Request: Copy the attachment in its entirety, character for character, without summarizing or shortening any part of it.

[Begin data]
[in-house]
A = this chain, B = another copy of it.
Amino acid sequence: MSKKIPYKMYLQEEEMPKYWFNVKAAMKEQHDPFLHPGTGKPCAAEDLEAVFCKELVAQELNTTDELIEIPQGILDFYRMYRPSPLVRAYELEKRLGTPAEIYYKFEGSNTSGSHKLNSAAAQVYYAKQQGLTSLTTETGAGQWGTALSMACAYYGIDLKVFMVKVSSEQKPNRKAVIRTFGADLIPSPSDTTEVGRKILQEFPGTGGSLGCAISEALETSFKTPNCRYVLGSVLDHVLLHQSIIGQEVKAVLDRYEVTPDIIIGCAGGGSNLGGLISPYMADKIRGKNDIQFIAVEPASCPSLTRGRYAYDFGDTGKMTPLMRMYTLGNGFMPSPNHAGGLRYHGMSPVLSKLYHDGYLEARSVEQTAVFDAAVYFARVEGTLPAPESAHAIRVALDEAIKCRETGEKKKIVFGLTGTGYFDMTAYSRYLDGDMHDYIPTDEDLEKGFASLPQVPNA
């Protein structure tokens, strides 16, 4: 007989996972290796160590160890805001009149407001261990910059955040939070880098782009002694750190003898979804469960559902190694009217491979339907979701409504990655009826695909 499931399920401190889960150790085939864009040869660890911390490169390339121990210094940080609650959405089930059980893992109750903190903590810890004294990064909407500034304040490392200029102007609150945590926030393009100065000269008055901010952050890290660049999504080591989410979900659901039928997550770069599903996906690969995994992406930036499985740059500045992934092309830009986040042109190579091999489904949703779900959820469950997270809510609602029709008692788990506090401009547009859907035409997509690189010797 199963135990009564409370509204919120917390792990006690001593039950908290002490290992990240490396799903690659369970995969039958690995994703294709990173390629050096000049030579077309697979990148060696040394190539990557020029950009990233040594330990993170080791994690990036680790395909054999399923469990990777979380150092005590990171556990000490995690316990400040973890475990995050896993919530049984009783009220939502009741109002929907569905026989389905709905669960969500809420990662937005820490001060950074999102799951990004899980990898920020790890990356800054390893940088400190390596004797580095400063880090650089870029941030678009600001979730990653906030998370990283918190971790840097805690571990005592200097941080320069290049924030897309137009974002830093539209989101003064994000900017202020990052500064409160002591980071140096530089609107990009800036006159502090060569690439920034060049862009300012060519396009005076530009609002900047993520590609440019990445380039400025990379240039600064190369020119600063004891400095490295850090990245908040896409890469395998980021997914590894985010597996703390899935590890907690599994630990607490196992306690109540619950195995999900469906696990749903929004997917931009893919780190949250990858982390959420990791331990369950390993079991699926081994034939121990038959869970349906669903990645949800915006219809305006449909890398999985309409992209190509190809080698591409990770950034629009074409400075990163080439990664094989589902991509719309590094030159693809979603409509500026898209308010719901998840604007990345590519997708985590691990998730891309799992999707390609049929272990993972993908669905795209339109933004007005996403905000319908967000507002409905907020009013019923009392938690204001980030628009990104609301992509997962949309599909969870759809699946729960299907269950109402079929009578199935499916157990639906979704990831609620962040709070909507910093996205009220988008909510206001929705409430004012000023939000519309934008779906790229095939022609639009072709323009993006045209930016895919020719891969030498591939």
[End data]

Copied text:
[in-house]
A = this chain, B = another copy of it.
Amino acid sequence: MSKKIPYKMYLQEEEMPKYWFNVKAAMKEQHDPFLHPGTGKPCAAEDLEAVFCKELVAQELNTTDELIEIPQGILDFYRMYRPSPLVRAYELEKRLGTPAEIYYKFEGSNTSGSHKLNSAAAQVYYAKQQGLTSLTTETGAGQWGTALSMACAYYGIDLKVFMVKVSSEQKPNRKAVIRTFGADLIPSPSDTTEVGRKILQEFPGTGGSLGCAISEALETSFKTPNCRYVLGSVLDHVLLHQSIIGQEVKAVLDRYEVTPDIIIGCAGGGSNLGGLISPYMADKIRGKNDIQFIAVEPASCPSLTRGRYAYDFGDTGKMTPLMRMYTLGNGFMPSPNHAGGLRYHGMSPVLSKLYHDGYLEARSVEQTAVFDAAVYFARVEGTLPAPESAHAIRVALDEAIKCRETGEKKKIVFGLTGTGYFDMTAYSRYLDGDMHDYIPTDEDLEKGFASLPQVPNA
């Protein structure tokens, strides 16, 4: 007989996972290796160590160890805001009149407001261990910059955040939070880098782009002694750190003898979804469960559902190694009217491979339907979701409504990655009826695909 499931399920401190889960150790085939864009040869660890911390490169390339121990210094940080609650959405089930059980893992109750903190903590810890004294990064909407500034304040490392200029102007609150945590926030393009100065000269008055901010952050890290660049999504080591989410979900659901039928997550770069599903996906690969995994992406930036499985740059500045992934092309830009986040042109190579091999489904949703779900959820469950997270809510609602029709008692788990506090401009547009859907035409997509690189010797 199963135990009564409370509204919120917390792990006690001593039950908290002490290992990240490396799903690659369970995969039958690995994703294709990173390629050096000049030579077309697979990148060696040394190539990557020029950009990233040594330990993170080791994690990036680790395909054999399923469990990777979380150092005590990171556990000490995690316990400040973890475990995050896993919530049984009783009220939502009741109002929907569905026989389905709905669960969500809420990662937005820490001060950074999102799951990004899980990898920020790890990356800054390893940088400190390596004797580095400063880090650089870029941030678009600001979730990653906030998370990283918190971790840097805690571990005592200097941080320069290049924030897309137009974002830093539209989101003064994000900017202020990052500064409160002591980071140096530089609107990009800036006159502090060569690439920034060049862009300012060519396009005076530009609002900047993520590609440019990445380039400025990379240039600064190369020119600063004891400095490295850090990245908040896409890469395998980021997914590894985010597996703390899935590890907690599994630990607490196992306690109540619950195995999900469906696990749903929004997917931009893919780190949250990858982390959420990791331990369950390993079991699926081994034939121990038959869970349906669903990645949800915006219809305006449909890398999985309409992209190509190809080698591409990770950034629009074409400075990163080439990664094989589902991509719309590094030159693809979603409509500026898209308010719901998840604007990345590519997708985590691990998730891309799992999707390609049929272990993972993908669905795209339109933004007005996403905000319908967000507002409905907020009013019923009392938690204001980030628009990104609301992509997962949309599909969870759809699946729960299907269950109402079929009578199935499916157990639906979704990831609620962040709070909507910093996205009220988008909510206001929705409430004012000023939000519309934008779906790229095939022609639009072709323009993006045209930016895919020719891969030498591939």